Cyclocross is Sarajevo ?My Cyclocross odyssey fittingly began on the grounds of the former Washington State Mental Hospital outside of Sedro Woolley Washington. The
As we drove north for the Saturday race the skies were so dark it was scary. We arrived to find damp ground and a cool welcoming vibe. The race "Woolley Cross" is part of the Cascade Cross series and was a fun, informal day of racing.
Evo loving the mud in the hinterlands of Sedro WoolleyI had to race as a 40+ master. It gave me a chance to mix it up with a few of the guys I raced with back when I first started. I beat them, which made me happy. By the last lap we were so strung out I considered stopping and asking directions to make sure I was still on course.
The next day dawned with the best light Hottie had seen in years at a Cyclocross race.I felt pretty good the second day of the weekend. Legs not fresh, but not hurting either.
Racing through "the crack"I was worried the course would be a flat grass crit. The MFG race had a creative mix of pavement, grassy chicanes and two sustained power climbs and a loose gravel downhill. On the first lap I felt my right quad bark, and in true Jens-like fashion, I ignored my legs. I kept El Jefe in my sight as the laps ticked by. He slowly pulled away but I was finding other riders to chase. I would pass riders on the climbs and power sections and try to hang on during the technical sections.
Evo cresting the climb and claiming another victimThe day was long as Hottie and I stayed for the last race. The team broke down the tent and it was laid beside the war wagon awaiting loading. I was happy with my race as I felt stronger each lap. It made for a long weekend.
After the only regular work week of October (business travel has been killing me) we were back racing on Saturday at the MFG race at Marymoor. It was bombing rain and we were promised a muddy party.
The sharp eye will note the MUD on my bike.The rain reminded me of some things I had almost forgotten. How exhilarating it is to have your back wheel sliding around "hook and ladder" style, how slow you can go when pushing hard on level ground and how useless your brakes can be when wet. The race was a combination of tractor pull mud sections and and endless selection of greasy off camber sections. "Low pressure" was the phrase whispered between friends.
Out of the mud mines and into your dreams ! The Three Mudsketers !I busted out the embrocation and the smell of cyclocross was in the air. In the starting straight a rider in front of me went sideways and although he kept it upright, I was nervous. I was cautious and near the back and then I started moving up as we strung out. I settled in and looked ahead on a switchback laden section for El Jefe, and spotted him behind me. The laps ticked on and I kept my gap on him. It wasn't my plan or ambition to beat him, but I was ahead and wanted to stay there.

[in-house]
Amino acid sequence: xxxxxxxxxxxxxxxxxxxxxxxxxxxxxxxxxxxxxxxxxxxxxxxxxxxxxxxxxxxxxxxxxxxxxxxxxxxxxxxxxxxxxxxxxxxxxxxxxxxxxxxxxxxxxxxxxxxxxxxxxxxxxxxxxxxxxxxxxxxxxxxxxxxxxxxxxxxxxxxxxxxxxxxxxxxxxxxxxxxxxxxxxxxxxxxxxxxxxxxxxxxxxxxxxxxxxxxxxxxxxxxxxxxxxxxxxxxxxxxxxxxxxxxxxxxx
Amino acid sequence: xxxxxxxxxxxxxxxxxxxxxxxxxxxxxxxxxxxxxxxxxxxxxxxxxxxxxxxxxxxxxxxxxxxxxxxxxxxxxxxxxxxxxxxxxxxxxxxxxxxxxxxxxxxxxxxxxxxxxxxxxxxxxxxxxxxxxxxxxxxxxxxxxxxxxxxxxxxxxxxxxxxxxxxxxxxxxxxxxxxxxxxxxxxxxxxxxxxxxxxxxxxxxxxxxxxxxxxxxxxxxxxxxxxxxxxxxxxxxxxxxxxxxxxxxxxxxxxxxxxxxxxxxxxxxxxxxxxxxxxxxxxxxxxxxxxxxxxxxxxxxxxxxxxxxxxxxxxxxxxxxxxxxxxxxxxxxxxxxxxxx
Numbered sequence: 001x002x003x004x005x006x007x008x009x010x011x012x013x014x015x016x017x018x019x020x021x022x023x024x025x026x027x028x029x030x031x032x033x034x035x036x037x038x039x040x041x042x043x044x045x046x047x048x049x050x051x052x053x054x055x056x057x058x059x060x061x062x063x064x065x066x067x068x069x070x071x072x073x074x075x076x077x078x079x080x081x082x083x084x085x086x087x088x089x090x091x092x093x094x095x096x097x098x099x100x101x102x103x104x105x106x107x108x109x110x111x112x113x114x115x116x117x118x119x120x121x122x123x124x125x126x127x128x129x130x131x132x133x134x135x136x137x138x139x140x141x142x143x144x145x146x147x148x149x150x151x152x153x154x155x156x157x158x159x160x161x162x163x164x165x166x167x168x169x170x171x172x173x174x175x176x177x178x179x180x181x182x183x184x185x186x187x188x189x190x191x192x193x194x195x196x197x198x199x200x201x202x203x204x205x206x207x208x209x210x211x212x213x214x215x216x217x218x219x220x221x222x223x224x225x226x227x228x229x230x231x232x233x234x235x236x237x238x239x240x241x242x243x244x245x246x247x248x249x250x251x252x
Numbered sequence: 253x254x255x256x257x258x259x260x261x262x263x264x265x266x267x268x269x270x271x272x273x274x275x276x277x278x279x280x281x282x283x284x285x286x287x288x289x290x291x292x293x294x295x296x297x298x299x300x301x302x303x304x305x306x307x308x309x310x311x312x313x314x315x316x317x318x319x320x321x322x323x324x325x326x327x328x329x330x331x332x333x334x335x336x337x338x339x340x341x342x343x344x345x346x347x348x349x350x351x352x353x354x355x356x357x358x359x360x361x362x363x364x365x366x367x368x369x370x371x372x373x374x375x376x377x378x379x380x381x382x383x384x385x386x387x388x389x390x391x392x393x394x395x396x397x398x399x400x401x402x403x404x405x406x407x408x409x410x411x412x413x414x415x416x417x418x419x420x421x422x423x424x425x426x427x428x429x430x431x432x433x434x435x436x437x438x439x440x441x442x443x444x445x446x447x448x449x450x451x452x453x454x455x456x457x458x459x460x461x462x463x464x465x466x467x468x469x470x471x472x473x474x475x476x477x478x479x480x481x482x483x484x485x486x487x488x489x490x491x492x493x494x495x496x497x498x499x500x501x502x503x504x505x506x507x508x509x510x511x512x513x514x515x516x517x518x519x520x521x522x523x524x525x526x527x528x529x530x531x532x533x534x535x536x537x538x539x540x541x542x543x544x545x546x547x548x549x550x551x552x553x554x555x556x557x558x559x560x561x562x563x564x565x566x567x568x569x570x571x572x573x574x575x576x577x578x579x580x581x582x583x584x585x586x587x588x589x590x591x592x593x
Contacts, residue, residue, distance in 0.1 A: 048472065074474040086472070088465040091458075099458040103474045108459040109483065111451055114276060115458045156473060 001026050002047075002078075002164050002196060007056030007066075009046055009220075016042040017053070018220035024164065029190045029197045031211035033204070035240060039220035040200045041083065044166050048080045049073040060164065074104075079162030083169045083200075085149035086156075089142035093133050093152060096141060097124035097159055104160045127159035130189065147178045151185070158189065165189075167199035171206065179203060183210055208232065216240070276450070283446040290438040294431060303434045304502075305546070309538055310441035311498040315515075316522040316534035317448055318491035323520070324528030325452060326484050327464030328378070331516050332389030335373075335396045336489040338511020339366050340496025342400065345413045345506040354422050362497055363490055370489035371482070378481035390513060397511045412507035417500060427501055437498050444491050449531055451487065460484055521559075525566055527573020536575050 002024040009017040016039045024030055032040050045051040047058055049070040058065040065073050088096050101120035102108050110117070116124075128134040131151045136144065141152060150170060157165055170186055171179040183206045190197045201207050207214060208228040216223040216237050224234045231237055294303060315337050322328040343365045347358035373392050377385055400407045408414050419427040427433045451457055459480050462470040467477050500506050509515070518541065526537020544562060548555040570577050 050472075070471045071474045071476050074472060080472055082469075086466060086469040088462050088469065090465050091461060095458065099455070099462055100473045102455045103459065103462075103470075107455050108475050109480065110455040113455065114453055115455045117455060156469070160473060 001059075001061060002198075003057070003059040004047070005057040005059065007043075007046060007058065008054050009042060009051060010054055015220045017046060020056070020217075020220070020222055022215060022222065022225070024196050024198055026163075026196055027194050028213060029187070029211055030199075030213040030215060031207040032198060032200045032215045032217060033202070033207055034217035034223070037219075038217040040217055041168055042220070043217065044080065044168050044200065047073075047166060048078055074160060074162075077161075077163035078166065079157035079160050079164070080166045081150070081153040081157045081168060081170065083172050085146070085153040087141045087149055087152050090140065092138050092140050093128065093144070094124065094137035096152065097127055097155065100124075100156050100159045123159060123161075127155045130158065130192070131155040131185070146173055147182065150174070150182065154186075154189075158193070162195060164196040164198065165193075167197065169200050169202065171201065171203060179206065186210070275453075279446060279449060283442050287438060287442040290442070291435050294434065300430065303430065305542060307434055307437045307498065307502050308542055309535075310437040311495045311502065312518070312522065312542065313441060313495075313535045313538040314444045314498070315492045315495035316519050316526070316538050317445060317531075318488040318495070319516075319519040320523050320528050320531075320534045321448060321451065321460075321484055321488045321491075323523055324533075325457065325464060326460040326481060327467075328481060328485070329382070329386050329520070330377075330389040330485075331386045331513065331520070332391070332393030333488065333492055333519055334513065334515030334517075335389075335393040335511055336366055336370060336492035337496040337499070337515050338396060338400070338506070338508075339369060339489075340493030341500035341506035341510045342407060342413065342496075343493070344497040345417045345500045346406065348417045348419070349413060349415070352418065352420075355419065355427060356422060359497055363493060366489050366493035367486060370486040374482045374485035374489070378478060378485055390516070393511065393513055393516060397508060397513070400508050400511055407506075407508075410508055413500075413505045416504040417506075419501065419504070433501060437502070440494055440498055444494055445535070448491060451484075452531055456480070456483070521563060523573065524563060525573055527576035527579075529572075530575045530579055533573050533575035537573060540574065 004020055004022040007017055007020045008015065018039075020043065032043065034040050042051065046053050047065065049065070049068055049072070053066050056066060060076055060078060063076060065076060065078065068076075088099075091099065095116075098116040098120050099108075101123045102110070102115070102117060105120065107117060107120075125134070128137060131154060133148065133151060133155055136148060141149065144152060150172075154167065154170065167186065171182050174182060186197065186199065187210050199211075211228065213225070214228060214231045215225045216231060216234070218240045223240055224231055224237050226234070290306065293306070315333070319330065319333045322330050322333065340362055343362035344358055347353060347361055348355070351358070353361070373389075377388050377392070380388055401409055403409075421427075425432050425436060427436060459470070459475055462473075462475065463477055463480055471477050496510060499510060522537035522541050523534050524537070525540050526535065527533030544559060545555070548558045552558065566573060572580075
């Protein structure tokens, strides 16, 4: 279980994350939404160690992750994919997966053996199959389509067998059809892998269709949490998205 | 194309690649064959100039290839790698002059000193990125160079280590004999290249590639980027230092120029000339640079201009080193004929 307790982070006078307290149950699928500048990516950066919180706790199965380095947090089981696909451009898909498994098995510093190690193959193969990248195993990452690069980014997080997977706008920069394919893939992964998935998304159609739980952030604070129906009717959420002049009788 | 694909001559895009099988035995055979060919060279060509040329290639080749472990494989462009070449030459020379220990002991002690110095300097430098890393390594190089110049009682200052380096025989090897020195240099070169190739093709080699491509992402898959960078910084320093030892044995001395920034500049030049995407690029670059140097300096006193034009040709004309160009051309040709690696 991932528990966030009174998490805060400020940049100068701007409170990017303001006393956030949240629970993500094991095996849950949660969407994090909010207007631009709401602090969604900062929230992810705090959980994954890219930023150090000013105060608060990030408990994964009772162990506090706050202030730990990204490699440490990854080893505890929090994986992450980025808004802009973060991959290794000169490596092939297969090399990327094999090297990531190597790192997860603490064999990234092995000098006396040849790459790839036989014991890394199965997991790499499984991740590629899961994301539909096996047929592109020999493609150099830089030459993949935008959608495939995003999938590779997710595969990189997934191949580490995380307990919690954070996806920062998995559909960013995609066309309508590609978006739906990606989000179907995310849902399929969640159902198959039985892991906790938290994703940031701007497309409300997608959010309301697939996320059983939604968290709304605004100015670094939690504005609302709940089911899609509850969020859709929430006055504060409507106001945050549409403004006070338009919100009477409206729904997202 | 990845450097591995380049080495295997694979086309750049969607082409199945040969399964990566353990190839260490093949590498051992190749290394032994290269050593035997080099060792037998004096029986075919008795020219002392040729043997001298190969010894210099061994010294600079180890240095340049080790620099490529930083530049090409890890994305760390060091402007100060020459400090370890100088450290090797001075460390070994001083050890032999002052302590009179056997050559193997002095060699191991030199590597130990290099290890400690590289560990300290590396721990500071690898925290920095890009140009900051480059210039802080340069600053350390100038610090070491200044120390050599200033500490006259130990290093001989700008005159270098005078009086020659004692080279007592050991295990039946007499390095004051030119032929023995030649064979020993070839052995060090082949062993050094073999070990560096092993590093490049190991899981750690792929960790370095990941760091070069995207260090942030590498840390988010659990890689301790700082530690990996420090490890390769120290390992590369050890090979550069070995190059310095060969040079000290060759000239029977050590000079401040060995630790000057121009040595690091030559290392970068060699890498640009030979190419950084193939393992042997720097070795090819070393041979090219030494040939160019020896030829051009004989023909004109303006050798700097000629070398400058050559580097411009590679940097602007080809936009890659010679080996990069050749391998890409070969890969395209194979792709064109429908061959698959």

On the fourth lap a rider went down in front of me on a short climb and I had to dab and claw the last bit. Then, because I was still huffing from the climb I tried to ride a section I had run (very successfully) on earlier laps. I slid around and lost momentum. Then on an endless off camber I ran outrigger style (shoe unclipped) and slid off the other side. When I finally got going after a sharp turn I noted my huge gap on El Jefe was down to almost nothing. I got out of the saddle and cranked. To my surprise I had some power and held my spot.
The final chapter in my epic was the 2012 version of Seattle Cyclocross at Sprinker park. Sprinker has always been good to me and I was up for a fine finale to our race fest. We brought Tux and hoped for good weather.
The announcer gave me some shout outs as "head-wound guy"
I was distracted before my race and didn't ride a full lap of warmup. I rode a couple sections, but my haste would cost me. On the first lap I was caught off guard by a couple new twists as compared to the courses of prior years. The grass was fairly tacky and then you hit a slippery off camber and all bets are off. Then we hit a section that was new in this year's edition that had some loose loamy dirt in an "S" curve that caused me to stop cold to avoid going off course.
A long power section that allowed me to open up was welcome and the laps started ticking past. I didn't have a ton of power and the course had a herd of short power sections followed by tight corners so your efforts to generate speed were all capped with hard braking. I was glad to see the words, "You are DONE" on the lap board. Tux was so well behaved it is hard to relate. When he was on leash on the course he didn't react to the cowbells or riders. When it was time to sit in the car during my race he settled in like he had been looking forward to the break. What a pup!
Tux was looking for a place to donate his "sample"When the racing was done on Sunday I had over fifty miles of twisty turning races in nine days. Hottie had a few thousand pictures up on Smugmug and there was plenty of laundry and one dirty bike.